I recall at one point in grad school seeing a film simulating the engineering conversation about the Challenger where one male engineer's voice expressing concern about something faulty was overlooked and what he said diminished. I recalled a conference call I attended with a major petroleum company (not BP), earlier in this decade with a team was working with an $800K investment in software for an oil and drill knowledge management system. Again those of us who were hard working, questioned how a corporation could invest $800k in a system that was not put into wide use, could not get heard.
Many say they are confused by the term sustainability and don't know what it means. Let me offer you a simple definition I provided to Aman Singh, Vault.com's CSR correspondent, in a review of Kathrin Winkler's role at EMC as Chief Sustainability Officer,
" sustainability is based on a simple premise: 'corporate sustainability is really about business survival: Take the long view, or your business won't survive in a failing global society or environment. Long-term sustainability affects customers, employees, suppliers, neighbors, partners, governmental bodies, and civil society. If we make our business choices based on how we interact with those stakeholders, then we are promoting sustainability."
Let me in this moment return the chemical agenda I have been researching that has grown out of Europe's REACH legislation and the movement of other countries to adopt this regulation or build new legislative platforms e.g. the US revision of TSCA.
Again somewhere in the crowd is a chemist who understands that one of the 80,000+ chemicals in use in a small amount may be showing signs of doing wide spread harm and at present this chemist cannot prove it. This hard working individual has an idea that needs research and support and encouragement but from a financial view and from the perspective of shareholder investment pushing on the perception of this voice who understands it is necessary that a large volume of this chemical is in use.
REACH regulation contains a 1 ton qualifier. It does not apply to a potential chemical in use where the proportion is much smaller than the potential harm. There are now 350+ chemicals that have been identified that are worthy of research and further investigation that are not based on this 1 Ton in use qualifier. The 1 Ton qualifier diminishes the voice of a hard working chemist or health professional, who loves his/her job or has a feeling in his/her gut that a chemical they recognize should be of concern. This is one point of vulnerability of many that investors and economic decision makers or company leaders never gain insight into potential harm.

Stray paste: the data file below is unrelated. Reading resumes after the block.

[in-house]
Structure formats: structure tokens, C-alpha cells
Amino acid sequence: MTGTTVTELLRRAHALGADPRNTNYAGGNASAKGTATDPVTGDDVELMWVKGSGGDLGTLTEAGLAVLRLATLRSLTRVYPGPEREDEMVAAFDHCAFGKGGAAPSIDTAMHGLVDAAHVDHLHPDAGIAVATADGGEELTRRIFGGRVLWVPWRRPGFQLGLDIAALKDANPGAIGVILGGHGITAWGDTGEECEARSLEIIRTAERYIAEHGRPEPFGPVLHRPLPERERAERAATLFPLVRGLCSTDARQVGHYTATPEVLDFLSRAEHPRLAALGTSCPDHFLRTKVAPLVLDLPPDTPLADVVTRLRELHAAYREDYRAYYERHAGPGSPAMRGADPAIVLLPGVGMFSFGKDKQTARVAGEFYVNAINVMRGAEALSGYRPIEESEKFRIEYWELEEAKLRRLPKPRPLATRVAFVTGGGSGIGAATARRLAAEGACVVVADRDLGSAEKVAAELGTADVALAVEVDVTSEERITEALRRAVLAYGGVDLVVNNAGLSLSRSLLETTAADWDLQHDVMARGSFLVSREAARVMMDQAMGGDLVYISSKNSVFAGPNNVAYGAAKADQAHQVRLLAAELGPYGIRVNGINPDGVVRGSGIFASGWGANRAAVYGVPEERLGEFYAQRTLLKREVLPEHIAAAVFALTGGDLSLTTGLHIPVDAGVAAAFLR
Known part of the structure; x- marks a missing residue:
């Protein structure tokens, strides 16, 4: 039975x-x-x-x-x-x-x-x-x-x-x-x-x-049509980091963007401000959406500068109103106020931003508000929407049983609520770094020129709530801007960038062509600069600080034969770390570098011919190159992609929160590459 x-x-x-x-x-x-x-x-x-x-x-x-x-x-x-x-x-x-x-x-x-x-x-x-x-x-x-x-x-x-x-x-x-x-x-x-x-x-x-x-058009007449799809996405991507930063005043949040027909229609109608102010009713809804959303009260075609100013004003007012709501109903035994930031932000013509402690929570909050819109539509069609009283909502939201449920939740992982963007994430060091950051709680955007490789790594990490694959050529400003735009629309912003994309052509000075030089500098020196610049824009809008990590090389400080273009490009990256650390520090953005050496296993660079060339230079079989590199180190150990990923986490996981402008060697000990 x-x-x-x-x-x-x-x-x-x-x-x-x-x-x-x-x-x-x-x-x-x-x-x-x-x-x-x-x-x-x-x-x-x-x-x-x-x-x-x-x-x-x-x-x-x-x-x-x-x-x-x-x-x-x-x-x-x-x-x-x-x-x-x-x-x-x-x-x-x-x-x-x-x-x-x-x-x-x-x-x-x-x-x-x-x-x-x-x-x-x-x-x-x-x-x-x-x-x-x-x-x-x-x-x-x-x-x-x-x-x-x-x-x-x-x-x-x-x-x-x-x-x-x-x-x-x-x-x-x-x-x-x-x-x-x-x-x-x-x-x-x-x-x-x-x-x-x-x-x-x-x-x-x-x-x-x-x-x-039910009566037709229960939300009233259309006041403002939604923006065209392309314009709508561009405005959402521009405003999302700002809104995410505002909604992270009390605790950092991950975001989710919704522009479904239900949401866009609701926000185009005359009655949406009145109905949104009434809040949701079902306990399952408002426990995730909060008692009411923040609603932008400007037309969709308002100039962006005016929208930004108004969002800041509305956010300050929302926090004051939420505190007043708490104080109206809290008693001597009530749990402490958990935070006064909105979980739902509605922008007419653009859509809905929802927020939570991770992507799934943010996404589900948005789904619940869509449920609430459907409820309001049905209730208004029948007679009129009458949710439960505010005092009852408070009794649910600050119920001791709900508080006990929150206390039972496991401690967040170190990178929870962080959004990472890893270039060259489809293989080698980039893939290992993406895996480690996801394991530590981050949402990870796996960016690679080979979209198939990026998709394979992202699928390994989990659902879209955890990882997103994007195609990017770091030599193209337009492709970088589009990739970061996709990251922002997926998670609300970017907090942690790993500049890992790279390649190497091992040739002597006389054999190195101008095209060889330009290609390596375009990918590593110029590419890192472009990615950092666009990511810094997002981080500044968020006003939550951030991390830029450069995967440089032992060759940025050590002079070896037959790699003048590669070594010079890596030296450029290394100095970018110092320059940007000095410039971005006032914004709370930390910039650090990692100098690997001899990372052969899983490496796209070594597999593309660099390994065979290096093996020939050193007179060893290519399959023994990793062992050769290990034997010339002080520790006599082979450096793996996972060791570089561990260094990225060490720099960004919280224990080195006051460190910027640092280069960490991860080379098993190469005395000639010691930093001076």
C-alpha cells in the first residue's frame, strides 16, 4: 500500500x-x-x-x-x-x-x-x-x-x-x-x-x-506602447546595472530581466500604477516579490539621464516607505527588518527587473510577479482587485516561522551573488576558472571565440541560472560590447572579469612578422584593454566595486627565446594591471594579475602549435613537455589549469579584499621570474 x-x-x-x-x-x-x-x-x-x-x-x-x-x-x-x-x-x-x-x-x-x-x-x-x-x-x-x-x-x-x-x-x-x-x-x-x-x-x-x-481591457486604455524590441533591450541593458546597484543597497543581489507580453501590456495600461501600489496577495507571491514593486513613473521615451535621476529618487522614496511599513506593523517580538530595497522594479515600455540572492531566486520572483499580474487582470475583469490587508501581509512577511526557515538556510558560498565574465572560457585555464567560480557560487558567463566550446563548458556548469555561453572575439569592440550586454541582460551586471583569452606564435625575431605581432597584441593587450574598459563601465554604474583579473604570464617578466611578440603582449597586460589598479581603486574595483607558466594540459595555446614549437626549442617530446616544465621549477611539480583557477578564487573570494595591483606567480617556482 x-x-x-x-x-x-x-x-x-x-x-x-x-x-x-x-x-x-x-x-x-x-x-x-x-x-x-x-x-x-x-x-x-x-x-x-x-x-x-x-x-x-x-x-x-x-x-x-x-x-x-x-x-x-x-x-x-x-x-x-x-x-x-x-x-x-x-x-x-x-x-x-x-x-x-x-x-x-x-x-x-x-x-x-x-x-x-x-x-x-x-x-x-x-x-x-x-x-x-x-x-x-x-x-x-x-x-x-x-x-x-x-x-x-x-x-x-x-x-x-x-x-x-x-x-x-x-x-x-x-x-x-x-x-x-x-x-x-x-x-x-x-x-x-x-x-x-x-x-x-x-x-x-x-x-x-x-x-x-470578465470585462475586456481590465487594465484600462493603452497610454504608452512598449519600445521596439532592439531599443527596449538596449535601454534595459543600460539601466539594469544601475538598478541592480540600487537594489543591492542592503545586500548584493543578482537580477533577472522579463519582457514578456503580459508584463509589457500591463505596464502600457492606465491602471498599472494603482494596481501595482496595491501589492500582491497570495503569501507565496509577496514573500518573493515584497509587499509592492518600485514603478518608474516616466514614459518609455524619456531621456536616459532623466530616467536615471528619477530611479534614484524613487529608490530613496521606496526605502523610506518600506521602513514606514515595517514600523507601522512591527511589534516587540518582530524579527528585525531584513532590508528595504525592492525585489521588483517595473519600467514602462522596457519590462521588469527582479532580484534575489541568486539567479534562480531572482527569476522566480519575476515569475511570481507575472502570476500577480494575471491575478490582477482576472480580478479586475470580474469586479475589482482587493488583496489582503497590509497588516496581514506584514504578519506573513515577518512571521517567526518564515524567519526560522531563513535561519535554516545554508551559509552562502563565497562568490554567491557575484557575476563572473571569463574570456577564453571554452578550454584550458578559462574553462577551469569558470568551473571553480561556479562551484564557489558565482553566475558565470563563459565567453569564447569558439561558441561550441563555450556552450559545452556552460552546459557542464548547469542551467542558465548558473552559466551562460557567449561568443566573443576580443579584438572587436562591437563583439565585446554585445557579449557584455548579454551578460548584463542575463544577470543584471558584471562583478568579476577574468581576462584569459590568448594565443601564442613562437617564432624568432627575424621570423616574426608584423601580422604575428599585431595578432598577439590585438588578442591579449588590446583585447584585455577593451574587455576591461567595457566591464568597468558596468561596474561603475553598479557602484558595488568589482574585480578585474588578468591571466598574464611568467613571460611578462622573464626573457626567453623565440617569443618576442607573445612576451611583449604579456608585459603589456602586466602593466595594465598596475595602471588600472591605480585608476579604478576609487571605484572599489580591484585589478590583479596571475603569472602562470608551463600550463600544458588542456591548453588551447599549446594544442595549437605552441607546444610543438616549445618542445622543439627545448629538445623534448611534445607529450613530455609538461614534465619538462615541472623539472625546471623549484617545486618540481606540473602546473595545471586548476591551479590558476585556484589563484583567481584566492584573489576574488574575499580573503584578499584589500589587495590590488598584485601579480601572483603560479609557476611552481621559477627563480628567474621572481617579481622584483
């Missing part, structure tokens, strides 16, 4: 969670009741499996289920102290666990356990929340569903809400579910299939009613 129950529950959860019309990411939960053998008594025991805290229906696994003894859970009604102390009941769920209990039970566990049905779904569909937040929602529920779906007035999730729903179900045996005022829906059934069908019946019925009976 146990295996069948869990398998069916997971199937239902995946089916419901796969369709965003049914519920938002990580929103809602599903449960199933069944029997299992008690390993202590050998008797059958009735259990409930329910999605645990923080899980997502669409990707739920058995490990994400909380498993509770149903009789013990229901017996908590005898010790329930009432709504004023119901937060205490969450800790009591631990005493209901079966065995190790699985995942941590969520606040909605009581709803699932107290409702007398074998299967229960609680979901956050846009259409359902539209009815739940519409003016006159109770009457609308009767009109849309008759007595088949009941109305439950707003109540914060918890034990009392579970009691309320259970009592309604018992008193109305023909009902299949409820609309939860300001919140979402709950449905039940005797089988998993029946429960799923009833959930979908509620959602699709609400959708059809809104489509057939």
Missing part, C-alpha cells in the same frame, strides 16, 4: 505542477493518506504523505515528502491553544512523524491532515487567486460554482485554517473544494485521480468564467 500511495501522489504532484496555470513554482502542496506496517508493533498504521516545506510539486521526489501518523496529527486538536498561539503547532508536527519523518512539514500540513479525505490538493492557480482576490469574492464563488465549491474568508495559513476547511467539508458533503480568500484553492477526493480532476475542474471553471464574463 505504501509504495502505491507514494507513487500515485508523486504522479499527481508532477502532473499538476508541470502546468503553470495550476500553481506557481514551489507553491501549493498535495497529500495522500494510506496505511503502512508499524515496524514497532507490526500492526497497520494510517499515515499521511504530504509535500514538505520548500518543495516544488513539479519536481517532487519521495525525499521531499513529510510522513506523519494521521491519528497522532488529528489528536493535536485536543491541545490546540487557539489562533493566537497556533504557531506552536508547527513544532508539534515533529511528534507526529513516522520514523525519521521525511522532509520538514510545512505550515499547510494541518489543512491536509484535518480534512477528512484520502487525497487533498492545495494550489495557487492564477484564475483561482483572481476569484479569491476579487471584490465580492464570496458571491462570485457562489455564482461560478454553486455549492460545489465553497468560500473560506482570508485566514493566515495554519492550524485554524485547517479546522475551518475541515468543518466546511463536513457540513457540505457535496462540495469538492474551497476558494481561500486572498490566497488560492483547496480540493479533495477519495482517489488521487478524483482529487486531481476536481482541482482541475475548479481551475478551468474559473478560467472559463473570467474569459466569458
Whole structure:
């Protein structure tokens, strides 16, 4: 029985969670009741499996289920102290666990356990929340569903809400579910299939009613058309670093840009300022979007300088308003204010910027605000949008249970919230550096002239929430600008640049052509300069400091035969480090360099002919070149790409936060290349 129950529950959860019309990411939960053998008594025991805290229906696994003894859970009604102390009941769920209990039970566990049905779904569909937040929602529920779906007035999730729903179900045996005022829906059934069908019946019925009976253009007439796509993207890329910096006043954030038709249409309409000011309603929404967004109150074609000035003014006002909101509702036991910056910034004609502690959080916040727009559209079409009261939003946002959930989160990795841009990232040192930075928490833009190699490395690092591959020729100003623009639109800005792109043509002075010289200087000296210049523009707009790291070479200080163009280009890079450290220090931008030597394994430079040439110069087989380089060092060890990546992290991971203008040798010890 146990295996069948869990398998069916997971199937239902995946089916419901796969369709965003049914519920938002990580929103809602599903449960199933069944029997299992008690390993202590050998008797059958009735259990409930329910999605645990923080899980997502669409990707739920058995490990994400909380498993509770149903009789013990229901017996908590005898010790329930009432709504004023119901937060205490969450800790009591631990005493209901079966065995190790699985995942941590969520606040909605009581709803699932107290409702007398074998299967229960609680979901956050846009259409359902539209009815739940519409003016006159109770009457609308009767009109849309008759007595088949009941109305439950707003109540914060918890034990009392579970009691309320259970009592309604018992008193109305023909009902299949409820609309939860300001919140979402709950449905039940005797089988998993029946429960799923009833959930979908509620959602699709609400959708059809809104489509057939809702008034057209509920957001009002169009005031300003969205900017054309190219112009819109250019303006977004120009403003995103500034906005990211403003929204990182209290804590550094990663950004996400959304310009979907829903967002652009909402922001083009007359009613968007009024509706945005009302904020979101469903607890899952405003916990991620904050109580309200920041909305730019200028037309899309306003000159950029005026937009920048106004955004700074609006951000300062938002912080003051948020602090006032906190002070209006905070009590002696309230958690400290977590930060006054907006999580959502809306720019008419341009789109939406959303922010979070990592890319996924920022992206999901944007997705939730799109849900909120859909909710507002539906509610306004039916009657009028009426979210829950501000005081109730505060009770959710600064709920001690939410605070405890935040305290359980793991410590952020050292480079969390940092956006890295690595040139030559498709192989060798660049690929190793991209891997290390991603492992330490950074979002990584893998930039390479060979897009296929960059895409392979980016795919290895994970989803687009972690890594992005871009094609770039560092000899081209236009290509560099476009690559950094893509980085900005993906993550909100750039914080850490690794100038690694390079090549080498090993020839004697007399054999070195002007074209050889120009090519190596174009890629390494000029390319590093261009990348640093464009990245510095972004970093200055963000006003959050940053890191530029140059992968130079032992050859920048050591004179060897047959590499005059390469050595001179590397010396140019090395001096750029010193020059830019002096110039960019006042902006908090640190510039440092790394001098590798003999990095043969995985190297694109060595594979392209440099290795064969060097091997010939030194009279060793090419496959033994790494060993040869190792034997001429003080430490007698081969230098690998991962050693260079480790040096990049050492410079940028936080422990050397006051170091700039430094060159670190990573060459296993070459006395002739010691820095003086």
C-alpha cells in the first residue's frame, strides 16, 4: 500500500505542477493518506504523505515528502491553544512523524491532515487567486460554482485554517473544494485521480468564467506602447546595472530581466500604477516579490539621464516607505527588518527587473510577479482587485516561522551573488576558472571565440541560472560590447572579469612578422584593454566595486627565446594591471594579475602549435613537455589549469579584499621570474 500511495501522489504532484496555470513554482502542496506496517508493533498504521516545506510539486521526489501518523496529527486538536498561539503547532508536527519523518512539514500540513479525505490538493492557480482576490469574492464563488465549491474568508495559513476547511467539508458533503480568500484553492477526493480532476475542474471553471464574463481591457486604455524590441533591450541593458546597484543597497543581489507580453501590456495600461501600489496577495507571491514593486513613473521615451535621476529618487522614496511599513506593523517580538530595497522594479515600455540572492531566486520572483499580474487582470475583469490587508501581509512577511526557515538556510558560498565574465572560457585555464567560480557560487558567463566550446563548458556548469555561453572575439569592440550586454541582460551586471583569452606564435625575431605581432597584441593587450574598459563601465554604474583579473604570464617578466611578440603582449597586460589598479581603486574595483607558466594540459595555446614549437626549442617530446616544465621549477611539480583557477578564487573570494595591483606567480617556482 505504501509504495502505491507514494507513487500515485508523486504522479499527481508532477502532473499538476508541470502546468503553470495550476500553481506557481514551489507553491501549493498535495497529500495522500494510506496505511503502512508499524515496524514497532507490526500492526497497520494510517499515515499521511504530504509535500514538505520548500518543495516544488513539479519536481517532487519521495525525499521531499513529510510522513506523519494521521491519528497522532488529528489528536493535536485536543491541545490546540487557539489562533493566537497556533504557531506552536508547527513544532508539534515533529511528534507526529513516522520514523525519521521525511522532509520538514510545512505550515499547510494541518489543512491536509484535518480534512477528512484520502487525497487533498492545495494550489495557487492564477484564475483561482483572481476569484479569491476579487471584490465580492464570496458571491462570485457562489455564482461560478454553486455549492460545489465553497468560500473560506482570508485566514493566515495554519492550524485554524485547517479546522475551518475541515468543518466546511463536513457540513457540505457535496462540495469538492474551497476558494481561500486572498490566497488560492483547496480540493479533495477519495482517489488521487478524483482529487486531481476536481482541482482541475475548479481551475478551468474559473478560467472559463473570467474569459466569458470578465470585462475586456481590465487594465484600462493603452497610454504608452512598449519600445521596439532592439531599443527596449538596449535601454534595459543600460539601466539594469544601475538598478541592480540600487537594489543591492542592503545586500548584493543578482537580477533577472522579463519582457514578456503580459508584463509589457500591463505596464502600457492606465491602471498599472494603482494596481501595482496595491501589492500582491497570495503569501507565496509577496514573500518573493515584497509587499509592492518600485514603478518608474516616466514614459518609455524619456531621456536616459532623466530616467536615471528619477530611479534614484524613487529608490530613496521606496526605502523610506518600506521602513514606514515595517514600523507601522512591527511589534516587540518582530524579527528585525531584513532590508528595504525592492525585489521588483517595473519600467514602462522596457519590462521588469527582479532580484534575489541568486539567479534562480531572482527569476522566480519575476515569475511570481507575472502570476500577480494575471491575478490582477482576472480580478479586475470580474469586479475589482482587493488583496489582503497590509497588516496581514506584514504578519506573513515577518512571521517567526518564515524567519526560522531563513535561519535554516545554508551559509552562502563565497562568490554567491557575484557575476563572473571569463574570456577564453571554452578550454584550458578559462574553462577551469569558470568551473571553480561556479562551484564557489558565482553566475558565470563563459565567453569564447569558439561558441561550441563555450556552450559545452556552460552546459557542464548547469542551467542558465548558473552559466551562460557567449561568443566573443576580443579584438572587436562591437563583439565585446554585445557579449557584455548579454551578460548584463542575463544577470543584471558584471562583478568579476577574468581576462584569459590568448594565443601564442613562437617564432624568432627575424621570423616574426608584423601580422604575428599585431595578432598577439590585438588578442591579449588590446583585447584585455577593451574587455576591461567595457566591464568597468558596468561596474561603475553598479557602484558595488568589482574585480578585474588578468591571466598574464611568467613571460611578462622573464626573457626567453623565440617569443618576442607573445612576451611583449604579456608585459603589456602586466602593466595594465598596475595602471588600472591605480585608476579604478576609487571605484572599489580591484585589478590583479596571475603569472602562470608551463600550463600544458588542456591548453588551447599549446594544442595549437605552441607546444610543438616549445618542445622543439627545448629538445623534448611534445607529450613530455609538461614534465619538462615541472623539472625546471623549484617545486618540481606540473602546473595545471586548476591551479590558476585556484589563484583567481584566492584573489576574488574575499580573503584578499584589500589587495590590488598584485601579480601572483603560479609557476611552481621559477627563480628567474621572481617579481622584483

In following the rapid change over the past few years at General Electric and Walmart, I have been slowly grasping what it means when a major global corporation views itself as an economy rather than a company and a player that influences the natural ebb and ecological flow of an economy. Neither GE or Walmart have perfected their science and they are demonstrating methods of continuous learning that convene the small voices of natural leadership to do the hard work that assures a viable scientific agenda and resources to assure no harm.
This week, Elaine Cohen, found a hidden jewel in Warren Buffet's complex of business. She found one company Shaw Floors wrote a CSR report., I wondered if this could be a door of possibility through which Berkshire Industries might follow Walmart and General Electric and begin to lead itself as a sustainable economy? I am holding similar thoughts for HP to do the same. Last week, I learned that HP's material purchases from its supply chain over 179 countries totals $79B. I bet HP could benefit from sitting at the table with GE and Walmart it may find a formula to invest in the research of numerous chemist within its supply chain to exercise precaution based on the Earth Charter Principle to do no harm.
This week after a sinus infection, I discovered a love for mixing Trader Joes' rasberry and lemon sorbet to lighten that sour feeling in my mouth from learning to be patient as people in reaction from all sectors learn to stop the BP oil gush and sort out a system by which to repair harm and prevent further harm. Hopefully the press and community voices and groups will move into a format of reporting on the emerging resources and activities that are surfacing to repair the trauma, harm and fee of unproductive chaos of reaction.